The Michigan Center for Urban African American Aging Research (MCUAAAR) promotes health research on minority elders, particularly African American elders, that will lead to the reduction and elimination of health disparities through several approaches consistent with the NIA’s 2005-2010 Strategic Plan. Exemplars of MCUAAAR’s efforts include a successful mentoring program focused on building a network of minority investigators who are committed to becoming productive scholars in the area of health and aging. Health promotion and the reduction and elimination of health disparities is only possible with the effective recruitment and retention of African American and other minority elders in health research. We will continue to build upon our productive research program in this area, and continue to reach out to seniors in the city of Detroit with the explicit purpose of building upon our developed databases of research participants. This volunteer participant pool is comprised of individuals who have agreed to be contacted to engage in health-related studies that have significance for their communities.

MCUAAAR is one of six center grants on Minority Aging Research funded by the NIA. Our particular center is a joint effort between Wayne State University and the University of Michigan and includes several departments and colleges from both institutions. To date, 30 pilot investigation studies have been completed. The center sponsors a summer conference each year to help further educate junior faculty in the research process, research methods, and grant writing.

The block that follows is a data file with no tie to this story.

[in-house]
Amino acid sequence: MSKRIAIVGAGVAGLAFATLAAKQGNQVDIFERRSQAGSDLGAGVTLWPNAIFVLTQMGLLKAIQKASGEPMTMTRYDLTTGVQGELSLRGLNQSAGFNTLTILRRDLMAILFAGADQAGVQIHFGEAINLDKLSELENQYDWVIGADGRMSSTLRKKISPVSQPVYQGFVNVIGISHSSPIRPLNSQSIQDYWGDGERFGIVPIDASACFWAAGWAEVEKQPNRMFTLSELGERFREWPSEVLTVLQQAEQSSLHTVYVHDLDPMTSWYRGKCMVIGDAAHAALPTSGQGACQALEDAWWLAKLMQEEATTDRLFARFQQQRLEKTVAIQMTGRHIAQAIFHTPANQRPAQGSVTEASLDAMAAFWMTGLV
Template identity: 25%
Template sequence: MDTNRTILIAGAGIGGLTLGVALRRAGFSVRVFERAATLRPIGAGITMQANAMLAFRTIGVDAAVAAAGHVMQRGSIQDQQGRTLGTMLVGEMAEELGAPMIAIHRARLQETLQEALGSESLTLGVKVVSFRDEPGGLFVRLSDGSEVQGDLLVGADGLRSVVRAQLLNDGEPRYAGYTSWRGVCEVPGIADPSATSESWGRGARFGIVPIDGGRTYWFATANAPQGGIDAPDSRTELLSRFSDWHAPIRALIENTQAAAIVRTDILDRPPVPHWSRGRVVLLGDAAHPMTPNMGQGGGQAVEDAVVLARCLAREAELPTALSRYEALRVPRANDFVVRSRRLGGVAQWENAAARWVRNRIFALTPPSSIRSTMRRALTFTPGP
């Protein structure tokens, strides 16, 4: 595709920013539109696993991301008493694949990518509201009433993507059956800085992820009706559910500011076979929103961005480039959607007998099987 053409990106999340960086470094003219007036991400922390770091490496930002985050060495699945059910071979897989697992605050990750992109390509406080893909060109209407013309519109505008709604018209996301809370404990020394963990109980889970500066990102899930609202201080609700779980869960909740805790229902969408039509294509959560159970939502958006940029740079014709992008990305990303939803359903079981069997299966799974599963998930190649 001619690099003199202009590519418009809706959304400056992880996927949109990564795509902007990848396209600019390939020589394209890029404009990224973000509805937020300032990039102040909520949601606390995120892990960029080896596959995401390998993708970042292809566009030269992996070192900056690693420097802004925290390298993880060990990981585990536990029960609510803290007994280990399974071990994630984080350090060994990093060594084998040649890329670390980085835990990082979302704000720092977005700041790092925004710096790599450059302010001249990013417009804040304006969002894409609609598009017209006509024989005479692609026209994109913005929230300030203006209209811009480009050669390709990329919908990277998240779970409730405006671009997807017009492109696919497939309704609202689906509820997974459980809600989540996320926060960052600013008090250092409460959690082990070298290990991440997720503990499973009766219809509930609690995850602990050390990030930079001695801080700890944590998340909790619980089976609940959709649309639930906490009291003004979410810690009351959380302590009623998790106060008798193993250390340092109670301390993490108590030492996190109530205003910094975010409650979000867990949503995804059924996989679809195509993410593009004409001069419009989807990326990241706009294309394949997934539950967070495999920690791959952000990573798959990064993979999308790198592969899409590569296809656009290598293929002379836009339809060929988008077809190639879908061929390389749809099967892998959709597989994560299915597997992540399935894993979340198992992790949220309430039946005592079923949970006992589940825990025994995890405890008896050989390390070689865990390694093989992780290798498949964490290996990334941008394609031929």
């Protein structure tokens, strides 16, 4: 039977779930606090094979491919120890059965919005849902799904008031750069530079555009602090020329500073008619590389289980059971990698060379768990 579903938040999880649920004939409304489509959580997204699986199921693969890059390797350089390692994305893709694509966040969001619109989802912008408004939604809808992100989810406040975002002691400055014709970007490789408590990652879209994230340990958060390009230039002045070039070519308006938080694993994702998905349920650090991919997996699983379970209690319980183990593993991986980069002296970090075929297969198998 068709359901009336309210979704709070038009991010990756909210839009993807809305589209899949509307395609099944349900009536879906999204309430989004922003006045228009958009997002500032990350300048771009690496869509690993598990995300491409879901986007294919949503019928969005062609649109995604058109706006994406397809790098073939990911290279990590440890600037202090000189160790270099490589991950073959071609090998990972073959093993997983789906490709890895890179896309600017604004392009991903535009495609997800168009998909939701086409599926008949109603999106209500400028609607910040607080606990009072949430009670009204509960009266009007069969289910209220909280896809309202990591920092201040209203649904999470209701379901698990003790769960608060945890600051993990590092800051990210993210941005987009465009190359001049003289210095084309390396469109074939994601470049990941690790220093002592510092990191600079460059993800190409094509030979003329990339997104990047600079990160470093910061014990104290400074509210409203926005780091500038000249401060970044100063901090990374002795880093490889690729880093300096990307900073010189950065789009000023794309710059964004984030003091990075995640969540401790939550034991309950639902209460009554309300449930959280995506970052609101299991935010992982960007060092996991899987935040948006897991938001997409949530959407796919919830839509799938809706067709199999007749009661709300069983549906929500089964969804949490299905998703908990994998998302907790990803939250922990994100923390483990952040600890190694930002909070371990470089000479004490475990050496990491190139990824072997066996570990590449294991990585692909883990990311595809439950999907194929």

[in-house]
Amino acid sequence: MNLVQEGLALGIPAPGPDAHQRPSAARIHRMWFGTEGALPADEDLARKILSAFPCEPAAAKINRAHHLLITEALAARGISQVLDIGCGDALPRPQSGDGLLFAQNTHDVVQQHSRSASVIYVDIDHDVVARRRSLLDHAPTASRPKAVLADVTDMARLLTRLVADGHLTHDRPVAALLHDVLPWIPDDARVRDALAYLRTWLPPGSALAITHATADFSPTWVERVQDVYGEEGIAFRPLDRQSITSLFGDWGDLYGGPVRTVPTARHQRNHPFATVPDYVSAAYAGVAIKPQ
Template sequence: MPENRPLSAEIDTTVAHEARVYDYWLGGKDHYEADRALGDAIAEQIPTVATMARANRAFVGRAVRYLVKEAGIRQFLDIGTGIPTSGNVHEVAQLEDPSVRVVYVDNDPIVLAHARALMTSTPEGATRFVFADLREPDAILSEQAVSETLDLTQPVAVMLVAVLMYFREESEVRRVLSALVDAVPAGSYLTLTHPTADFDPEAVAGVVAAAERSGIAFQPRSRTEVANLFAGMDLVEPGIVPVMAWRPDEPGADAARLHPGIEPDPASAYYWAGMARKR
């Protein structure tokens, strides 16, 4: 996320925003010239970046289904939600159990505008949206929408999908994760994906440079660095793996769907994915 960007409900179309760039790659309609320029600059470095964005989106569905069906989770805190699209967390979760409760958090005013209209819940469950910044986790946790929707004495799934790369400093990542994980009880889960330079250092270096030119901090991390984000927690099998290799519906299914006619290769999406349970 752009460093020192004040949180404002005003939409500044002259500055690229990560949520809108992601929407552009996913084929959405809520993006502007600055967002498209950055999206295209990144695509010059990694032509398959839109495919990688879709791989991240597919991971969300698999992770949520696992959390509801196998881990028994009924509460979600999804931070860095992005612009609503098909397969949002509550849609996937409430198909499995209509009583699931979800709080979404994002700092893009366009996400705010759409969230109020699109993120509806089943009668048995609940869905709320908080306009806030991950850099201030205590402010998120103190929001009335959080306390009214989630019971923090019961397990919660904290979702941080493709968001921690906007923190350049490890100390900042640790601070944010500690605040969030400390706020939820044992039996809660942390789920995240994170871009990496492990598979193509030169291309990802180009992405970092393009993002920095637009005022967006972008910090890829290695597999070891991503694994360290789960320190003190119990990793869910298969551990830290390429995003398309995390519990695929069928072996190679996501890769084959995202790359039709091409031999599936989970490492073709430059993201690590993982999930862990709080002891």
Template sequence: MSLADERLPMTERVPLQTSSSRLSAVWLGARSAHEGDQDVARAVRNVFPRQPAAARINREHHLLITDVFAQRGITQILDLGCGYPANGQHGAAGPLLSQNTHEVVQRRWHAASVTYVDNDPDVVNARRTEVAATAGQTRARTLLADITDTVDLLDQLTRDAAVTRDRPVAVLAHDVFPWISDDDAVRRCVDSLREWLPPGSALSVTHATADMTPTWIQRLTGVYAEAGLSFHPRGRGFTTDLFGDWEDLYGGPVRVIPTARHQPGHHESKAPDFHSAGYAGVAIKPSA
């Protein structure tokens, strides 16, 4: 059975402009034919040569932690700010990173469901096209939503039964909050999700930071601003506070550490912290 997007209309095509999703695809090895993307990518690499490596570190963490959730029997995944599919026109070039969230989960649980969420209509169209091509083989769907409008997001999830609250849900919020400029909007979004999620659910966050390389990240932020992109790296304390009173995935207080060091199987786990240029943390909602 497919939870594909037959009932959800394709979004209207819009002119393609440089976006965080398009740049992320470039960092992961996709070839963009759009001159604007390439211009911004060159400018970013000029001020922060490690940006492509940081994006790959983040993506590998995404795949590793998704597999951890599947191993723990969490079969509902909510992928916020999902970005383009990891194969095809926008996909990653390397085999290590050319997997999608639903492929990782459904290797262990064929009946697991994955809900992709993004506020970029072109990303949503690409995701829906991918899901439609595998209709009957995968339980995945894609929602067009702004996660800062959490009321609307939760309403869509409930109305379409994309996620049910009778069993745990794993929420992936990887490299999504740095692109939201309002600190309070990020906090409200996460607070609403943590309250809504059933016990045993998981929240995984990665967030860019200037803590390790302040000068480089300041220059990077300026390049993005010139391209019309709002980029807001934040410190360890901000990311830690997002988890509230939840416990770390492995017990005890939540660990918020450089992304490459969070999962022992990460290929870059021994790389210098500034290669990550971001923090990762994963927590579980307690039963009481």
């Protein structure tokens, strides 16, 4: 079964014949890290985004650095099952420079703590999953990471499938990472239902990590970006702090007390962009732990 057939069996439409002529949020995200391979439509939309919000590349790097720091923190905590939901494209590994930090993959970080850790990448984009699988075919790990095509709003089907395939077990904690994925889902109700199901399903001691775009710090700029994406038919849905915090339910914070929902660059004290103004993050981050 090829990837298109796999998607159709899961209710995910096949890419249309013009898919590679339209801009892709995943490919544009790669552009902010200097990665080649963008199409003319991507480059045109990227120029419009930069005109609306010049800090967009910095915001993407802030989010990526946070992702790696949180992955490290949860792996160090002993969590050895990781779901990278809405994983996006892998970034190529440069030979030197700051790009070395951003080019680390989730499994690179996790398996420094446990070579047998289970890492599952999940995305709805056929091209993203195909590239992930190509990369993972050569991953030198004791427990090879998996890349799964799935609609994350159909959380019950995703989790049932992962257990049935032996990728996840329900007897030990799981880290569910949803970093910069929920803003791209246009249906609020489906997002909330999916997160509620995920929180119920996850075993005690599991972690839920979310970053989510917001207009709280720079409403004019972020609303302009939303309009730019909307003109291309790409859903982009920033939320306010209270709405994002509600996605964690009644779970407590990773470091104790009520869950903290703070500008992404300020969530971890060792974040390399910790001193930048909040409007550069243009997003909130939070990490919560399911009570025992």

Southeast Michigan Partners Against Cancer (SEMPAC)
PI: Albrecht, T and Head: Lichtenberg, P.A.
National Cancer Institute, 2010-2015 $4,096,000
Dr. Teri Albrecht, Associate Center Director, Population Sciences, Karmanos Cancer Center, PI; Dr. Peter Lichtenberg, Head of the Investigator Training Core: This $4 million grant from the National Cancer Institute renews the original Detroit Community Network Program (CNP) for an additional five years. The goal of SEMPAC is to reduce cancer rates among Detroit's older, African American population by scholar training and networking with community organizations.
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Neural Correlates and Modifiers of Cognitive Aging
PI: Raz, N.
NIH/NIA (a MERIT award), 2005-2010, $3 million
  • In this study, we continue and expand the research program that has been conducted in our laboratory for the past 12 years. Our goals are:
  • To describe the course of differential brain aging with a focus on the best-case-scenario naturalistic study of successful aging as defined by Rowe and Kahn. Our objective is to examine the closest approximation to successful physiological aging to be found in an uncontrolled human population.